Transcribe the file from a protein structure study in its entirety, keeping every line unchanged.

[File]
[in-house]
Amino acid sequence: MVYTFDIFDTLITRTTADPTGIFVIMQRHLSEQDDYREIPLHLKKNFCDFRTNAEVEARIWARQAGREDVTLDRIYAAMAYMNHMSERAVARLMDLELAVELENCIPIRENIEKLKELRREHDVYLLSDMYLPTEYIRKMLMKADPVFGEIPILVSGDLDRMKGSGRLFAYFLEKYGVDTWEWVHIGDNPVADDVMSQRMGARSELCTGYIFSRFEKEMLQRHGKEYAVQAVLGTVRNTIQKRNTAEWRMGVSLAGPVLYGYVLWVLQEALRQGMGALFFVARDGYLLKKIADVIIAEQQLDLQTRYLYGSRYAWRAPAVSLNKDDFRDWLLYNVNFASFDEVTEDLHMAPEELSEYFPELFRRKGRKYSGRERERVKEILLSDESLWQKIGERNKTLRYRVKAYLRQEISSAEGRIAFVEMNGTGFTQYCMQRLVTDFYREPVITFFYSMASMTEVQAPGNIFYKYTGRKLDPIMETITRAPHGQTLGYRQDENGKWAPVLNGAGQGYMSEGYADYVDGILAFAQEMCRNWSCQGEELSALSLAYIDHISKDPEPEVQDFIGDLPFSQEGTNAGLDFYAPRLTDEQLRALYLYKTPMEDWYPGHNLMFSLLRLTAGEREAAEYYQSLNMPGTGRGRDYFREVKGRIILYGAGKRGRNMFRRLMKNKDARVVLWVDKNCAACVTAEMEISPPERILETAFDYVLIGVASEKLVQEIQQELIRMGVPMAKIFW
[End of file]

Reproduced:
[in-house]
Amino acid sequence: MVYTFDIFDTLITRTTADPTGIFVIMQRHLSEQDDYREIPLHLKKNFCDFRTNAEVEARIWARQAGREDVTLDRIYAAMAYMNHMSERAVARLMDLELAVELENCIPIRENIEKLKELRREHDVYLLSDMYLPTEYIRKMLMKADPVFGEIPILVSGDLDRMKGSGRLFAYFLEKYGVDTWEWVHIGDNPVADDVMSQRMGARSELCTGYIFSRFEKEMLQRHGKEYAVQAVLGTVRNTIQKRNTAEWRMGVSLAGPVLYGYVLWVLQEALRQGMGALFFVARDGYLLKKIADVIIAEQQLDLQTRYLYGSRYAWRAPAVSLNKDDFRDWLLYNVNFASFDEVTEDLHMAPEELSEYFPELFRRKGRKYSGRERERVKEILLSDESLWQKIGERNKTLRYRVKAYLRQEISSAEGRIAFVEMNGTGFTQYCMQRLVTDFYREPVITFFYSMASMTEVQAPGNIFYKYTGRKLDPIMETITRAPHGQTLGYRQDENGKWAPVLNGAGQGYMSEGYADYVDGILAFAQEMCRNWSCQGEELSALSLAYIDHISKDPEPEVQDFIGDLPFSQEGTNAGLDFYAPRLTDEQLRALYLYKTPMEDWYPGHNLMFSLLRLTAGEREAAEYYQSLNMPGTGRGRDYFREVKGRIILYGAGKRGRNMFRRLMKNKDARVVLWVDKNCAACVTAEMEISPPERILETAFDYVLIGVASEKLVQEIQQELIRMGVPMAKIFW